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Gastric Bypass Vitamin Deficiencies

Gastric Bypass Vitamin Deficiencies

There are a few weight loss surgery options to choose from - gastric sleeve, gastric bypass, duodenal switch and the adjustable gastric band. Weight loss surgery, no matter the method, can be life-changing for the person receiving it.

Going through gastric bypass surgery is a large feat on its own. According to the American Society for Metabolic and Bariatric Surgery (ASMBS), gastric bypass surgery is a two-step process.

First, the stomach is made into a small pouch. This pouch can hold approximately 30 cubic centimeters ( 1 oz) in volume. Next, the small intestine is divided, and the bottom end of the small intestine is connected to the stomach pouch created. This results in a stomach pouch with tiny amounts of food and liquid and a reduced ability to absorb nutrients and calories via the small intestine.

Pros of gastric bypass surgery mentioned by ASMBS:

●    Significant long-term weight loss

●    Restriction placed on the amount of food consumed

●    50% or greater excess weight loss maintained

Cons of gastric bypass surgery mentioned by ASMBS:

●    Can result in long-term vitamin and mineral deficiencies

●    Is a more complex procedure that can result in complications

●    Requires adherence to a dietary and lifelong vitamin and mineral supplement regimen and going to follow up appointments

Besides continuing to follow your prescribed diet to lose weight at a healthy rate, you should also keep up with your supplement regimen. Vitamin deficiency after gastric bypass is a genuine possibility due to the nature of the procedure. Multiple vitamin deficiencies can occur due to the bypass of the small intestine and stomach. The bypass can cause problems because it alters the body’s ability to absorb certain nutrients.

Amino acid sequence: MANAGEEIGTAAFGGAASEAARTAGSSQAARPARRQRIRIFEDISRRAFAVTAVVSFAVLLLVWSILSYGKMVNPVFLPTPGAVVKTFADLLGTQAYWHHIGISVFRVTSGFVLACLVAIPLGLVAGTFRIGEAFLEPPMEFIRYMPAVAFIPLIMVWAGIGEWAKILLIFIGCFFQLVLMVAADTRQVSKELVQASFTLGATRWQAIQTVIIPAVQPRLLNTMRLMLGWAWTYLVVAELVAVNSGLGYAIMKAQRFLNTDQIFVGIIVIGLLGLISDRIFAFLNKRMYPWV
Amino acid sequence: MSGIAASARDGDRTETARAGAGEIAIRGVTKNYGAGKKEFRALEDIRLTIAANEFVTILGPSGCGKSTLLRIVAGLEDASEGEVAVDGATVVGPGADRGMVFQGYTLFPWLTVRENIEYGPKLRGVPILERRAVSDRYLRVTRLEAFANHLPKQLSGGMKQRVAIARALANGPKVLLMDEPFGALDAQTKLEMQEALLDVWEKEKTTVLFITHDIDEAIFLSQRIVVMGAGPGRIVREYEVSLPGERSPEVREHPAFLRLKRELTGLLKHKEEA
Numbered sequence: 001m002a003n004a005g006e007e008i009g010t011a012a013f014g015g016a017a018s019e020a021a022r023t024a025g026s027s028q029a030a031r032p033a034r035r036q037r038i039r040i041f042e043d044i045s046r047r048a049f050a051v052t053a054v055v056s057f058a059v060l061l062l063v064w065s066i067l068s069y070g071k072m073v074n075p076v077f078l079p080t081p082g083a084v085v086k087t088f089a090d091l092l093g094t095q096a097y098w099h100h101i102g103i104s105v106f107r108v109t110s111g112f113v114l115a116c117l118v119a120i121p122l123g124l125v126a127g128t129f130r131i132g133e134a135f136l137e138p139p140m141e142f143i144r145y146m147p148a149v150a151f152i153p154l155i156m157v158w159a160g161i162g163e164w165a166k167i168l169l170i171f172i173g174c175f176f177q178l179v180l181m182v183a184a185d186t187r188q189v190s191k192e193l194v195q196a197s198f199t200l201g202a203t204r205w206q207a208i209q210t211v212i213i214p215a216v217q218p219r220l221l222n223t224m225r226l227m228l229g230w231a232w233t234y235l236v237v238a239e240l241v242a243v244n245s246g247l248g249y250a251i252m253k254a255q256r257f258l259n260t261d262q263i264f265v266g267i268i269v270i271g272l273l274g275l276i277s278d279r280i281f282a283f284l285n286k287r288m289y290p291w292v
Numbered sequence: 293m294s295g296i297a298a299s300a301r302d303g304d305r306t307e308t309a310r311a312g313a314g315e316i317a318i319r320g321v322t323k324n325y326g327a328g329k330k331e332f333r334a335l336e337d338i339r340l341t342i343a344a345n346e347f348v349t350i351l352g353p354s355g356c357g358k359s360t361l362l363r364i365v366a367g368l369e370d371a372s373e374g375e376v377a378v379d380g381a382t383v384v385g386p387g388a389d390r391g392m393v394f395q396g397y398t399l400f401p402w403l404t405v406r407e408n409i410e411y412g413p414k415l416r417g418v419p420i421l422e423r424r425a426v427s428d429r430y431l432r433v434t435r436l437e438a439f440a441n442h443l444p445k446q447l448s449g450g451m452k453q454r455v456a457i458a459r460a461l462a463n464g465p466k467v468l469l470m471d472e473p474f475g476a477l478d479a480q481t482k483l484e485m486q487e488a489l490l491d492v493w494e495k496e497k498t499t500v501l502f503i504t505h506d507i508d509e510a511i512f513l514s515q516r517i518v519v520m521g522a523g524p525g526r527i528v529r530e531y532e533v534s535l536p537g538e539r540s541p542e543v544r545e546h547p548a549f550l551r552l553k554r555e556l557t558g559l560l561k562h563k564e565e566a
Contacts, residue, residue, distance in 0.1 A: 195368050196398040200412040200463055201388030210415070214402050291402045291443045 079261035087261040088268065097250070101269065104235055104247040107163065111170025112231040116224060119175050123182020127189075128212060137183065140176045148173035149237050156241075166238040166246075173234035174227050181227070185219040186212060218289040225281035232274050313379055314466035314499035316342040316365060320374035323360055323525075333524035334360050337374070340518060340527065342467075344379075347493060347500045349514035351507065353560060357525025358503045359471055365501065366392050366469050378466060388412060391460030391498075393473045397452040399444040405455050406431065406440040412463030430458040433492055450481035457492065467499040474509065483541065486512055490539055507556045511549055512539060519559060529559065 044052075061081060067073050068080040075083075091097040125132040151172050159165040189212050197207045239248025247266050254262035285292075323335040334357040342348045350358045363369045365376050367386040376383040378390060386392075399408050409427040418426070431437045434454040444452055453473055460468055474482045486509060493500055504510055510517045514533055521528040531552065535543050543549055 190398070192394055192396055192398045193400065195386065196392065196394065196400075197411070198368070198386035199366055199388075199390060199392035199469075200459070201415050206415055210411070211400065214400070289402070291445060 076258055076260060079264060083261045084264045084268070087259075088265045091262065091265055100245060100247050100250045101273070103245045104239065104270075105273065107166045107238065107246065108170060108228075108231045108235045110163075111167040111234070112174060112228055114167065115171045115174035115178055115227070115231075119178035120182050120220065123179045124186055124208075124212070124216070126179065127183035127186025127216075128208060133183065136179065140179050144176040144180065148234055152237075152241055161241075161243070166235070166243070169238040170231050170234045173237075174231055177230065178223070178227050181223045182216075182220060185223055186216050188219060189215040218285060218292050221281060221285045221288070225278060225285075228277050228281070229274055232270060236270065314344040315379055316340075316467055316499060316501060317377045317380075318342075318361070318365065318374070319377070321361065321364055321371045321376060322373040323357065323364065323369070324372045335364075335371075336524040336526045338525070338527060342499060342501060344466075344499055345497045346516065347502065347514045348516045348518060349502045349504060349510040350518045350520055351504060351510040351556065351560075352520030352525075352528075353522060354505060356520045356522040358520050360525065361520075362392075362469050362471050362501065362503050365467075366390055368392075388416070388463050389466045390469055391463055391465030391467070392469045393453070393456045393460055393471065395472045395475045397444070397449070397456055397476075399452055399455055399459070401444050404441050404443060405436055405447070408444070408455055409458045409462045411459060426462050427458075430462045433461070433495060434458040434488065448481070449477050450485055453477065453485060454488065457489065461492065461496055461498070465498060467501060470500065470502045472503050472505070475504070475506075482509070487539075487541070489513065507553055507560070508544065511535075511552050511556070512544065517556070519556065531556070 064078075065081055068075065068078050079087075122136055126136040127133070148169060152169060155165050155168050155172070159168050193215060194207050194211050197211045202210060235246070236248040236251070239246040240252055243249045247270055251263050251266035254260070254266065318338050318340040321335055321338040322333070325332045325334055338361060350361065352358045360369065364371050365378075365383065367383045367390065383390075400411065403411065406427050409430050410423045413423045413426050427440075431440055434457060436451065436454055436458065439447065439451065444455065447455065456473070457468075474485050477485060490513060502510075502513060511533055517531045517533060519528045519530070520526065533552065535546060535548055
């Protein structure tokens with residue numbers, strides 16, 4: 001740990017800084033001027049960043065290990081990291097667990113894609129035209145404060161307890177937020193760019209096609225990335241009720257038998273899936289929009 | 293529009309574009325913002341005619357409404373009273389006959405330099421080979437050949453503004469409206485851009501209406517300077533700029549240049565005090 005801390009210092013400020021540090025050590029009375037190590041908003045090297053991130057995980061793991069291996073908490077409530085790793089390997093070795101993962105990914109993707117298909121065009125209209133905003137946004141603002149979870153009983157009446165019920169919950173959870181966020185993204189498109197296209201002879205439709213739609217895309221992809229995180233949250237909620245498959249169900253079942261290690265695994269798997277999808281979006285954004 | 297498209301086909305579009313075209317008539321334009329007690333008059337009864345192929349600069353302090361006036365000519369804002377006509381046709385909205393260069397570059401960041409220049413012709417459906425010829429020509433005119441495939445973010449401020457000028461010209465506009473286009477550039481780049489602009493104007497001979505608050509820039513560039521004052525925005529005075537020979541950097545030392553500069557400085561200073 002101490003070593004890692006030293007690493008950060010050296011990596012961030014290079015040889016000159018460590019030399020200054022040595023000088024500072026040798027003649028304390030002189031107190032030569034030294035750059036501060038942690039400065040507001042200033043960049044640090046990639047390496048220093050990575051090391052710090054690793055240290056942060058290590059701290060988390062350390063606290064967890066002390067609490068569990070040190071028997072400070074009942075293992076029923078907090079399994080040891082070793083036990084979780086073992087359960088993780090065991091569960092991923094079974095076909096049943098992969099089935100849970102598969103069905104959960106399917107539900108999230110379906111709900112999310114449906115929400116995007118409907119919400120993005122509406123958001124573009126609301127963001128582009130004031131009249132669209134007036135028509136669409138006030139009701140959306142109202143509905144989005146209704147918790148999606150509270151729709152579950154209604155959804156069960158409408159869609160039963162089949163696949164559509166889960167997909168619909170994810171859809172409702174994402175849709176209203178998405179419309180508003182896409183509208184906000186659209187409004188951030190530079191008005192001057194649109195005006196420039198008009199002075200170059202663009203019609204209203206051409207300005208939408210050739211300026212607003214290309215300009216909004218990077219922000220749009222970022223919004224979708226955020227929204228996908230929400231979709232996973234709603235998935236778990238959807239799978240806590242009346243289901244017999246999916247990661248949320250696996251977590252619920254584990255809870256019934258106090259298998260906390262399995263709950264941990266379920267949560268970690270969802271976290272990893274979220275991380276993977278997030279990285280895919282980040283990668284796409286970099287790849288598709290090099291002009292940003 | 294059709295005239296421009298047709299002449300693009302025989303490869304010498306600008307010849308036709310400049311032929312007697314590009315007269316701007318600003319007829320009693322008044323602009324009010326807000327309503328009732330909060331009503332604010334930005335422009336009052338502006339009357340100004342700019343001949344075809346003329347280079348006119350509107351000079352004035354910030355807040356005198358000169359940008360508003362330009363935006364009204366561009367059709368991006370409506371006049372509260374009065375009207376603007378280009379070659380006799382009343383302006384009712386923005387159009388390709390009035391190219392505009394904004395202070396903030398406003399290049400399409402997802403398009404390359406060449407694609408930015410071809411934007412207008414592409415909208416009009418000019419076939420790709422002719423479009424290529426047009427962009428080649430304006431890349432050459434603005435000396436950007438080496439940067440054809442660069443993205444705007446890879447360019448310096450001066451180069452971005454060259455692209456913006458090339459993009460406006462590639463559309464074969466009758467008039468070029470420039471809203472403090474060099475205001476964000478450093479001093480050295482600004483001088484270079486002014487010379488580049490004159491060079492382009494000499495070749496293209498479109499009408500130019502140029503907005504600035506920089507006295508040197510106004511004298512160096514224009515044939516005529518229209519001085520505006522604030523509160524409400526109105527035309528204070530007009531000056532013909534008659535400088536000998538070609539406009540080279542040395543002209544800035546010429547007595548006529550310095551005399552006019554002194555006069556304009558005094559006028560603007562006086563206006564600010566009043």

In particular, seven vitamins and minerals require close monitoring post-gastric bypass to avoid deficiency:

  1. Calcium
  2. Copper
  3. Folate/Folic Acid
  4. Iron
  5. Vitamin B12
  6. Vitamin D
  7. Zinc
Vitamin deficiencies are always a concern for bariatric patients. 

Calcium and Vitamin D

Starting with calcium and vitamin D, a deficit in these two vitamins have been observed along with overactive parathyroid glands in patients with recent gastric bypass surgery.

The body tries hard to balance calcium, vitamin D, and parathyroid hormone levels. But, gastric bypass alters the levels of calcium, vitamin D, and parathyroid hormone. So, they all need to be closely watched.

According to the FDA, the recommended daily value for calcium is 1300 mg per day, and for vitamin D, it is 20 mcg per day. Good dietary sources of calcium can come from leafy green vegetables, nuts, fortified foods, and dairy. Typically, supplements are needed for bariatric patients because they have an increased need. This is due to having a reduced small intestine surface to absorb vitamins and minerals.

In order to avoid vitamin deficiencies, it is important to take vitamins to ensure proper health following bariatric surgery.


Moving onto copper, this nutrient acts as an antioxidant in the human body.

Meat, vegetables, legumes, and whole grains all contain copper. The recommended daily value for copper in adults is 0.9 mg per day.

Copper deficiency can occur alongside iron deficiency. Symptoms can be difficulty walking, heart enlargement, nerve damage, skin changes, and increased muscle tone or spasticity.

In general, a copper deficiency can lead to a variety of neurological and psychiatric disorders.